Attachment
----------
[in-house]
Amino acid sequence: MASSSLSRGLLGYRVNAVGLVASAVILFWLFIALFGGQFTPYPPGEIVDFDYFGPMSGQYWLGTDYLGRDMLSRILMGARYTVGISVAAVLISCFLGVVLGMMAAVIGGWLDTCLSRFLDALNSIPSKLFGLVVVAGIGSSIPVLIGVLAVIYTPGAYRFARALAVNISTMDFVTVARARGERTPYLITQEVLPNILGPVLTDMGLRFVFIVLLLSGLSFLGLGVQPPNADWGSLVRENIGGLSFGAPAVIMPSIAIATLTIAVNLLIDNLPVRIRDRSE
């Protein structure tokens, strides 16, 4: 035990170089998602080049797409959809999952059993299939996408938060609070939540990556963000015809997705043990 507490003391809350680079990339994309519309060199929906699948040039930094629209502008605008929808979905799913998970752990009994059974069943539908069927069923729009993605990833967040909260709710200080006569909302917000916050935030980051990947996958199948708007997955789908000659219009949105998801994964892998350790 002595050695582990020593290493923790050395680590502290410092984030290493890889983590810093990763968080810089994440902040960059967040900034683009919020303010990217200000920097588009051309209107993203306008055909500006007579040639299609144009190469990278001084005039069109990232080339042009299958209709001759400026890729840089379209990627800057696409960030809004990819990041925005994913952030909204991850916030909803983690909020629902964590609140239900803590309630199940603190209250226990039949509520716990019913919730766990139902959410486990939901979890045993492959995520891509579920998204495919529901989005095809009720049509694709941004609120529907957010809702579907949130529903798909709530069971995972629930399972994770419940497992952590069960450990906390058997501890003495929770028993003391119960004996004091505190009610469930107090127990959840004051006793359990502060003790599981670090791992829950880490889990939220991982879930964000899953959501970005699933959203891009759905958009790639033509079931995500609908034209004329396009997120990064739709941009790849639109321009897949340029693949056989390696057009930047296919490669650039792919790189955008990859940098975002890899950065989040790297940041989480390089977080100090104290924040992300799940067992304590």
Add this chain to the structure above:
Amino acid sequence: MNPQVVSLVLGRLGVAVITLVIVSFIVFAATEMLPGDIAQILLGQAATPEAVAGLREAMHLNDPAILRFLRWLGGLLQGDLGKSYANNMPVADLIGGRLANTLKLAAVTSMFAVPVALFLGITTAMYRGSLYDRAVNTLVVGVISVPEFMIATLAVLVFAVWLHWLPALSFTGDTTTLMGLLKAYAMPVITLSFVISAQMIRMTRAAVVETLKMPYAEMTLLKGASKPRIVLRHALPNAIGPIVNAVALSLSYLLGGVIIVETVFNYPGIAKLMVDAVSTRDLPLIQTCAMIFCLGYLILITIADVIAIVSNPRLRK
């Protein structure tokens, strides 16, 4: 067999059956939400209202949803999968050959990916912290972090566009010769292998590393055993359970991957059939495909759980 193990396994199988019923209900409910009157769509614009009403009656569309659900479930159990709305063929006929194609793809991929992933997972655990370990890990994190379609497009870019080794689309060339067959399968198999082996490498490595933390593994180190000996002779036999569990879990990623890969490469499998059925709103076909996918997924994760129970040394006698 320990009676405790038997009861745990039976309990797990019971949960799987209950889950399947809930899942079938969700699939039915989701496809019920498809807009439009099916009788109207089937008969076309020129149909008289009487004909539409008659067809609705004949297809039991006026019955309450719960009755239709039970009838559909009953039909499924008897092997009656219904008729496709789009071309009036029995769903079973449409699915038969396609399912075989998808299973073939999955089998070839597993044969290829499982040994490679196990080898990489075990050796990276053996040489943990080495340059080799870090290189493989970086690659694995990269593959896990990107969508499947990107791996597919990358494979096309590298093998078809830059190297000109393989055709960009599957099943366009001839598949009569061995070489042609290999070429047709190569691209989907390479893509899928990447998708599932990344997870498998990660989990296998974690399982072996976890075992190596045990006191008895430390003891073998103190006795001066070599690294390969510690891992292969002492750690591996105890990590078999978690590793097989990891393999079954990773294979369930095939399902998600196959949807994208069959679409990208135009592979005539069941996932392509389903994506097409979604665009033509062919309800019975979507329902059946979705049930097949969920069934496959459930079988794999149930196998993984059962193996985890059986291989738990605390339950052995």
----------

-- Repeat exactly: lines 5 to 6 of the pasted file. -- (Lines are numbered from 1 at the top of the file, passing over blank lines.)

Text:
Amino acid sequence: MNPQVVSLVLGRLGVAVITLVIVSFIVFAATEMLPGDIAQILLGQAATPEAVAGLREAMHLNDPAILRFLRWLGGLLQGDLGKSYANNMPVADLIGGRLANTLKLAAVTSMFAVPVALFLGITTAMYRGSLYDRAVNTLVVGVISVPEFMIATLAVLVFAVWLHWLPALSFTGDTTTLMGLLKAYAMPVITLSFVISAQMIRMTRAAVVETLKMPYAEMTLLKGASKPRIVLRHALPNAIGPIVNAVALSLSYLLGGVIIVETVFNYPGIAKLMVDAVSTRDLPLIQTCAMIFCLGYLILITIADVIAIVSNPRLRK
């Protein structure tokens, strides 16, 4: 067999059956939400209202949803999968050959990916912290972090566009010769292998590393055993359970991957059939495909759980 193990396994199988019923209900409910009157769509614009009403009656569309659900479930159990709305063929006929194609793809991929992933997972655990370990890990994190379609497009870019080794689309060339067959399968198999082996490498490595933390593994180190000996002779036999569990879990990623890969490469499998059925709103076909996918997924994760129970040394006698 320990009676405790038997009861745990039976309990797990019971949960799987209950889950399947809930899942079938969700699939039915989701496809019920498809807009439009099916009788109207089937008969076309020129149909008289009487004909539409008659067809609705004949297809039991006026019955309450719960009755239709039970009838559909009953039909499924008897092997009656219904008729496709789009071309009036029995769903079973449409699915038969396609399912075989998808299973073939999955089998070839597993044969290829499982040994490679196990080898990489075990050796990276053996040489943990080495340059080799870090290189493989970086690659694995990269593959896990990107969508499947990107791996597919990358494979096309590298093998078809830059190297000109393989055709960009599957099943366009001839598949009569061995070489042609290999070429047709190569691209989907390479893509899928990447998708599932990344997870498998990660989990296998974690399982072996976890075992190596045990006191008895430390003891073998103190006795001066070599690294390969510690891992292969002492750690591996105890990590078999978690590793097989990891393999079954990773294979369930095939399902998600196959949807994208069959679409990208135009592979005539069941996932392509389903994506097409979604665009033509062919309800019975979507329902059946979705049930097949969920069934496959459930079988794999149930196998993984059962193996985890059986291989738990605390339950052995």